He started sharing his opinions as early as the age of 11, first in computer gaming groups, later among radicals. He allegedly decided to carry out some kind of violent attack as early as 2019, when he was 16.

One impulse for carrying out his attack might also have been the availability of a weapon. The police think he used a pistol his father kept at home. In such cases, experts speak of an “instrumental motive.”

“Simply put, if a weapon is at hand, this increases the chance that somebody might commit a crime with it. Widespread violent deaths in countries that have a broad availability of firearms confirms this,” Heretik adds.

Unregulated Social Networks

How could the killing in Bratislava be linked to social networks and the wider social atmosphere in Slovakia?

Experts remind us that conspiracy theories, antisemitism, and the dehumanization of minorities have existed in our societies for centuries. Their spread is thus not related to the rise of the internet.

“The social networks did, however, offer a new space where people with such attitudes could meet and inspire one another. They are mutually persuading each other that their attitudes are the right ones,” Srol explains.

Completely unregulated online platforms are becoming more and more important to radicals. We are not talking about Facebook or Instagram.

The killer from Bratislava said his role models included Brenton Tarrant, who attacked mosques in New Zealand, and John Earnest, who attacked a synagogue in the United States. Tarrant and Earnest also wrote manifestos and published them on the 8chan online forum, which connects racists and antisemites. Unregulated forums, such as 4chan, 8chan, and Telegram, were also used by the Slovak shooter.

A post from the now-suspended Twitter account linked to the Bratislava killer.

“These online communities, where young people meet, connect, and are radicalized, have a decisive impact on the will to move from words to actions,” Milo adds.

The most influential Slovak personality on Telegram, for example, is the repeat offender Daniel Bombic, known under his alter ego of Danny Kollar. In his videos, he promotes the same conviction as the Bratislava killer: hardcore antisemitism and white supremacy. He also regularly calls on his followers to bully those he considers enemies.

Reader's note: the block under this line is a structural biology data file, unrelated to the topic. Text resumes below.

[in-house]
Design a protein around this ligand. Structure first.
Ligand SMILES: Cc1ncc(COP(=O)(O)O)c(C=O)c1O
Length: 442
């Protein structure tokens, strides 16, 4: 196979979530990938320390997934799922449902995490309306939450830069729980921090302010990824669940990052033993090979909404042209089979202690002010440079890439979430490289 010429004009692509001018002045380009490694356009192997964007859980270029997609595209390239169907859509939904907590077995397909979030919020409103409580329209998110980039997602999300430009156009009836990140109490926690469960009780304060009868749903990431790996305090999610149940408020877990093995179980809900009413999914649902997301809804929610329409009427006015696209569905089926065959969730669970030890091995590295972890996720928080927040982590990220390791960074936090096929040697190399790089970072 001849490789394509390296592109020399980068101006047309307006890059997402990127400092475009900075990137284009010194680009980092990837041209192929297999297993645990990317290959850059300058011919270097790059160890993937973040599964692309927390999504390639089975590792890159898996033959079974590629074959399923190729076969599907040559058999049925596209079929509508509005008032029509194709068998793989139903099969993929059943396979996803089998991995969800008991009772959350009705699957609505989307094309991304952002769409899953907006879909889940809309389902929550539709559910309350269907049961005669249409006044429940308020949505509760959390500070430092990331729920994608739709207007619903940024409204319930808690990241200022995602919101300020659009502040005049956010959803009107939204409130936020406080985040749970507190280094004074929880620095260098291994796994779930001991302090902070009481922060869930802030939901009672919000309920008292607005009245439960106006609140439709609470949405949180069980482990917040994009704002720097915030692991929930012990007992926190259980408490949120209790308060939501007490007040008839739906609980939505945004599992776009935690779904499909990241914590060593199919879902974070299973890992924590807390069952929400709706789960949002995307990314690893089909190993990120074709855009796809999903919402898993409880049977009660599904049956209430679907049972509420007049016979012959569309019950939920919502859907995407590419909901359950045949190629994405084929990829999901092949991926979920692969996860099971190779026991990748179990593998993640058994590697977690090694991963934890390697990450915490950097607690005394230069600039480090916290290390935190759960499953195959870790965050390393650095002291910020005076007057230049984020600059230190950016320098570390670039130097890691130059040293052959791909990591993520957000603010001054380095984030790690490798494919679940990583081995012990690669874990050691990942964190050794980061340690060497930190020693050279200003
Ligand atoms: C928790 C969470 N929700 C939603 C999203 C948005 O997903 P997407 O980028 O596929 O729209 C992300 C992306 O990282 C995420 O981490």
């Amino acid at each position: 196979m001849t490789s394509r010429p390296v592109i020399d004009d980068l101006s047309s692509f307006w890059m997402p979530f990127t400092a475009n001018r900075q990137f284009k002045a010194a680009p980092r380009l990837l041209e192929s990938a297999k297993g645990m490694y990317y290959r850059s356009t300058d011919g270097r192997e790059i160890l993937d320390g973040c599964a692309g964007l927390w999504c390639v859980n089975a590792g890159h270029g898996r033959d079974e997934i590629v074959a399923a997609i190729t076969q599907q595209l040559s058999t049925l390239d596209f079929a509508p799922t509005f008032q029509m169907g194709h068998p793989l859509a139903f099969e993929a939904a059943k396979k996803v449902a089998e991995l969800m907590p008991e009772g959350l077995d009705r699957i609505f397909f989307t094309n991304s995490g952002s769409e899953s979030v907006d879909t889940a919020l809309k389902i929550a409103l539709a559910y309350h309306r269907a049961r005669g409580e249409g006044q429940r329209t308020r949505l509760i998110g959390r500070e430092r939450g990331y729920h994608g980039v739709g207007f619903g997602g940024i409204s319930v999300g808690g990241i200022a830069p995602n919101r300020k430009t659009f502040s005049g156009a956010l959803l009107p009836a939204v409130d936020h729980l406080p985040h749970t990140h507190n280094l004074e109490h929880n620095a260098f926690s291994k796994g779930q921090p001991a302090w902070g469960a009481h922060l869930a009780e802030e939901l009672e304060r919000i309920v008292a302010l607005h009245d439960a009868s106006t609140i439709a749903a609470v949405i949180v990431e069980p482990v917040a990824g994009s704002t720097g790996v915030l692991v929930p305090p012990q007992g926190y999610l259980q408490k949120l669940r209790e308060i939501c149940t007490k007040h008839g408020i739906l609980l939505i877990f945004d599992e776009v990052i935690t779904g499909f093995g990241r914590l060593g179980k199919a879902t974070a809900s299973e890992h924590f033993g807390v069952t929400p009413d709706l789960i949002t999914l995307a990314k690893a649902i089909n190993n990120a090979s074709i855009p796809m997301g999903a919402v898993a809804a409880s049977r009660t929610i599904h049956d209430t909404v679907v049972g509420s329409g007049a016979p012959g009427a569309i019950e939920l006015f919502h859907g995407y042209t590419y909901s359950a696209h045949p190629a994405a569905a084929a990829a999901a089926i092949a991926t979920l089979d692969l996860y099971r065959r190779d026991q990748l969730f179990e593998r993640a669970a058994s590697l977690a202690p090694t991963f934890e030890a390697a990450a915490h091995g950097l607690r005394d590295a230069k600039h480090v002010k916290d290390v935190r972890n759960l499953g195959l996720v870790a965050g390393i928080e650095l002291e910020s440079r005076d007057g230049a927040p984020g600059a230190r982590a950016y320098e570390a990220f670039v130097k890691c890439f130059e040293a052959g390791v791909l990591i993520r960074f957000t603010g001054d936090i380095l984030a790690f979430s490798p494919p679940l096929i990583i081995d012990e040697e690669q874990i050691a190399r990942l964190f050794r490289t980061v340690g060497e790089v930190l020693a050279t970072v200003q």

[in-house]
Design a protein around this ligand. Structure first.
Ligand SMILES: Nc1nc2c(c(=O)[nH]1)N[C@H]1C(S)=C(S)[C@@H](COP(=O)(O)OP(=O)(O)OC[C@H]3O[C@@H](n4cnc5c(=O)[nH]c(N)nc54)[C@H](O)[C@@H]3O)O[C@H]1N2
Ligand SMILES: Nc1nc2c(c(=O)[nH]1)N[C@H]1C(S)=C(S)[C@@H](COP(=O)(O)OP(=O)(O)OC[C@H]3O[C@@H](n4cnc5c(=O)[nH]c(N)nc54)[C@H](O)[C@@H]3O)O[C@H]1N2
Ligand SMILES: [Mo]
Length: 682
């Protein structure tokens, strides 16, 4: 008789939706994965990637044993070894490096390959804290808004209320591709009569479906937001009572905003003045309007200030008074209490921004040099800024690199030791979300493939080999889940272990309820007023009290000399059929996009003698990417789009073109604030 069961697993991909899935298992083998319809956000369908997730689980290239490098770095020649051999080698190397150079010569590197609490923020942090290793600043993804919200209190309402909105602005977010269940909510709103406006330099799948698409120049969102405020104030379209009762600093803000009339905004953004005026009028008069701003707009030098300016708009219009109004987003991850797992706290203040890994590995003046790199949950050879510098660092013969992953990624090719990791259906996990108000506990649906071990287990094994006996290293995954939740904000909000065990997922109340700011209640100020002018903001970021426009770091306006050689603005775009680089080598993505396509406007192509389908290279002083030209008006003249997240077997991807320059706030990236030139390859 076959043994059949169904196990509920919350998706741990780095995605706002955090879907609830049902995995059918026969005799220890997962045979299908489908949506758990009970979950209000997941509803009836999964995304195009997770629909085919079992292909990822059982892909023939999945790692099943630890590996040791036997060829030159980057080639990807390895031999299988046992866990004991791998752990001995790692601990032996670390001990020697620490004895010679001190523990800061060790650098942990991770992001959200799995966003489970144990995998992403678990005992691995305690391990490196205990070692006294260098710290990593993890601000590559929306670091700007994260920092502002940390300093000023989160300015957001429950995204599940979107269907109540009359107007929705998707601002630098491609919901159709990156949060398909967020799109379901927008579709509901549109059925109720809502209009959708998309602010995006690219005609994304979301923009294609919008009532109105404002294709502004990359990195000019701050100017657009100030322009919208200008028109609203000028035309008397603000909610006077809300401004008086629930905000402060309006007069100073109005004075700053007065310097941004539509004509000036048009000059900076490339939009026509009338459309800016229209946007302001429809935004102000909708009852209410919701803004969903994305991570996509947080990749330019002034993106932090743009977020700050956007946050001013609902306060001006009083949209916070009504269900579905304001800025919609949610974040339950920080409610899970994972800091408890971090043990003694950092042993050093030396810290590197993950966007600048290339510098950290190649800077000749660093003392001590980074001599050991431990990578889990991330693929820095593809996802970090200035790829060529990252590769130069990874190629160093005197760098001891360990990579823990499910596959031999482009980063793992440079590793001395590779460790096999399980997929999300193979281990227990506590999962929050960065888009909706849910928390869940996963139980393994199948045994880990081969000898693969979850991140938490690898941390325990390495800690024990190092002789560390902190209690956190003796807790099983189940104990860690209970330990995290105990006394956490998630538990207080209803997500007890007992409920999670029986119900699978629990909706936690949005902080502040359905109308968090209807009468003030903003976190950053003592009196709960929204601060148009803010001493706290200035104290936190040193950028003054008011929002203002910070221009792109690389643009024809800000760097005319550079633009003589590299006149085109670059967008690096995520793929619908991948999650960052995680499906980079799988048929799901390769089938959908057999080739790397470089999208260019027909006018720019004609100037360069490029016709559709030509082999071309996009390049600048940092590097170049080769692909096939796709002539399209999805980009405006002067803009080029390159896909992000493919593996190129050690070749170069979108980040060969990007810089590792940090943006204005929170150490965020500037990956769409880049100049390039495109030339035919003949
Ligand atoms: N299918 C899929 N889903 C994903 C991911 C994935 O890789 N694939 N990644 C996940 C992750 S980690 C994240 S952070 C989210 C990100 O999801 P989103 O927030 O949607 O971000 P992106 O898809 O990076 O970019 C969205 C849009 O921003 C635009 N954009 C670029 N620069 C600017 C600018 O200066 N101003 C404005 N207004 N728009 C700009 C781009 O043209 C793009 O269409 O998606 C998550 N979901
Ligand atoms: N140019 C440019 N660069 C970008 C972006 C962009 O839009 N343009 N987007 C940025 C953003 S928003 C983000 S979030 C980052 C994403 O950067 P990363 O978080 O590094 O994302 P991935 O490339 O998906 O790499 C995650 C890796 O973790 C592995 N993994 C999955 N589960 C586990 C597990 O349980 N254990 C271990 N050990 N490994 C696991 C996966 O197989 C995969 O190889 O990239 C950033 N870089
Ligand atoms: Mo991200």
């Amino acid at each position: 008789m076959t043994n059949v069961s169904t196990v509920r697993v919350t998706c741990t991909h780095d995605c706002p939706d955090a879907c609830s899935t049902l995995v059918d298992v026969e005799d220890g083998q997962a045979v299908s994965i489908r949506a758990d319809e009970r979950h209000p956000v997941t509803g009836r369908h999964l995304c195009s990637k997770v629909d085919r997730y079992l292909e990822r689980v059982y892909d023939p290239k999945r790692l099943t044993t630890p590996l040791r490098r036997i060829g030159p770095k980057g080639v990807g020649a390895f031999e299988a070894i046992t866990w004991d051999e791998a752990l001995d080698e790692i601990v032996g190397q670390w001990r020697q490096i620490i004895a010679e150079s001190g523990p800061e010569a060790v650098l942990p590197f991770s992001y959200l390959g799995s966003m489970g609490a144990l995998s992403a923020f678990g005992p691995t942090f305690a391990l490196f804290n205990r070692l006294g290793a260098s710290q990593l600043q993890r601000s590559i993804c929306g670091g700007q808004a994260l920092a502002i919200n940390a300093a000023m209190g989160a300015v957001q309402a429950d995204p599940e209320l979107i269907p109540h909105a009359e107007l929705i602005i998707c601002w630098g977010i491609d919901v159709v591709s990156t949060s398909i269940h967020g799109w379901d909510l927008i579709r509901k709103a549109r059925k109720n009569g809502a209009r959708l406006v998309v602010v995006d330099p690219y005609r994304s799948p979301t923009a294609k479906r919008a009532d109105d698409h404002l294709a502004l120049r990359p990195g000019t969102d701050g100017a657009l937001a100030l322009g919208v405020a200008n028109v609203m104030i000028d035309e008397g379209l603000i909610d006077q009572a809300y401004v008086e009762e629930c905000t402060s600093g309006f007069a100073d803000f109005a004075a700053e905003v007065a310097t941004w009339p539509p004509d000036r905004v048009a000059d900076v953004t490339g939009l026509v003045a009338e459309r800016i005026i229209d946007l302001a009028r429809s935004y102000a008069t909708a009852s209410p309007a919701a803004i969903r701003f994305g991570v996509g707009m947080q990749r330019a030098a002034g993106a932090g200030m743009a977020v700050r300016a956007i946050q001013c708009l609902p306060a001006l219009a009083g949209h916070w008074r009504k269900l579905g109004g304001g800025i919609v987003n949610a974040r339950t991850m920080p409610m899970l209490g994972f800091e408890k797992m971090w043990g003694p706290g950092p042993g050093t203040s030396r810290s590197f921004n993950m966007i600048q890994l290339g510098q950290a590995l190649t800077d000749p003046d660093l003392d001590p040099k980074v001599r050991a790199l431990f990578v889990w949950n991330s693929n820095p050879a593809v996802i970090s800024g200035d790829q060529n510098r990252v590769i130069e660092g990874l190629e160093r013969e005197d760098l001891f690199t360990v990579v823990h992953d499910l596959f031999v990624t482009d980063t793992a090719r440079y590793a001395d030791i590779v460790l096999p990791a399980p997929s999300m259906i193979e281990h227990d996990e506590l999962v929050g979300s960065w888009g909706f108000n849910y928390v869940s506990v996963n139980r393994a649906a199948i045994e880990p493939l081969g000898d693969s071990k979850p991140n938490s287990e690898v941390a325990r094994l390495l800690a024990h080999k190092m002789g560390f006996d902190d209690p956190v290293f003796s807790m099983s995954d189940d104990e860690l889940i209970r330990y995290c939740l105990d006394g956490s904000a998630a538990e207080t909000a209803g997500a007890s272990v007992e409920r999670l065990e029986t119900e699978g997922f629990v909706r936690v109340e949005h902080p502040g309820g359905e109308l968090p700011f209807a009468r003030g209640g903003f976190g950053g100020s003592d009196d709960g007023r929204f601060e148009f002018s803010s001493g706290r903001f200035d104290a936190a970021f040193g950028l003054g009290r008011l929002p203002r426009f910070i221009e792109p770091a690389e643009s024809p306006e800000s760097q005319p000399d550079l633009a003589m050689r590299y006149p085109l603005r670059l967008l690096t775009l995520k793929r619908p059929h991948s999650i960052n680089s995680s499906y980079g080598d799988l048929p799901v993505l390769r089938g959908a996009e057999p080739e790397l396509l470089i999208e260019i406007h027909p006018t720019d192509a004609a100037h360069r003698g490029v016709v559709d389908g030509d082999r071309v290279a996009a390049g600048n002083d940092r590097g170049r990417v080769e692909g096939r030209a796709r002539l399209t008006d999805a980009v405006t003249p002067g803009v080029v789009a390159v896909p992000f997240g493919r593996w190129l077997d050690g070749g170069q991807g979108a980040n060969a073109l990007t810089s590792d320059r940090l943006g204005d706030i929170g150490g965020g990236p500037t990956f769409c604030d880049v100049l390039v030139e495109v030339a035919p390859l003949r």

Hatred Is Becoming the New Norm

Finally, there’s the mood in society. It, too, can have a significant influence, even if it is hard to measure.

Recent opinion polls have shown that the number of Slovaks who do not trust liberal democracy and its mechanisms rose during the COVID pandemic.

A Globsec poll this spring showed that around one in two Slovaks say threats include migrants, Western values, and even liberal democracy – which might seem hard to understand, given that they live in one. To a large degree, these messages overlap with the beliefs of the Bratislava shooter.

A number of online channels and some politicians also include sexual minorities demanding their rights among the threats to majority society.

“Undoubtedly, the social atmosphere contributes towards a society becoming desensitized to hate speech. This can strengthen some people’s conviction that it’s all right to attack these communities, whether verbally or physically,” psychologist Cavojova says.

Journalist Vladimir Snidl was a co-founder of the Slovak news outlet Dennik N in 2015. This article originally appeared on Dennik N and is republished with permission. Translated by Matus Nemeth.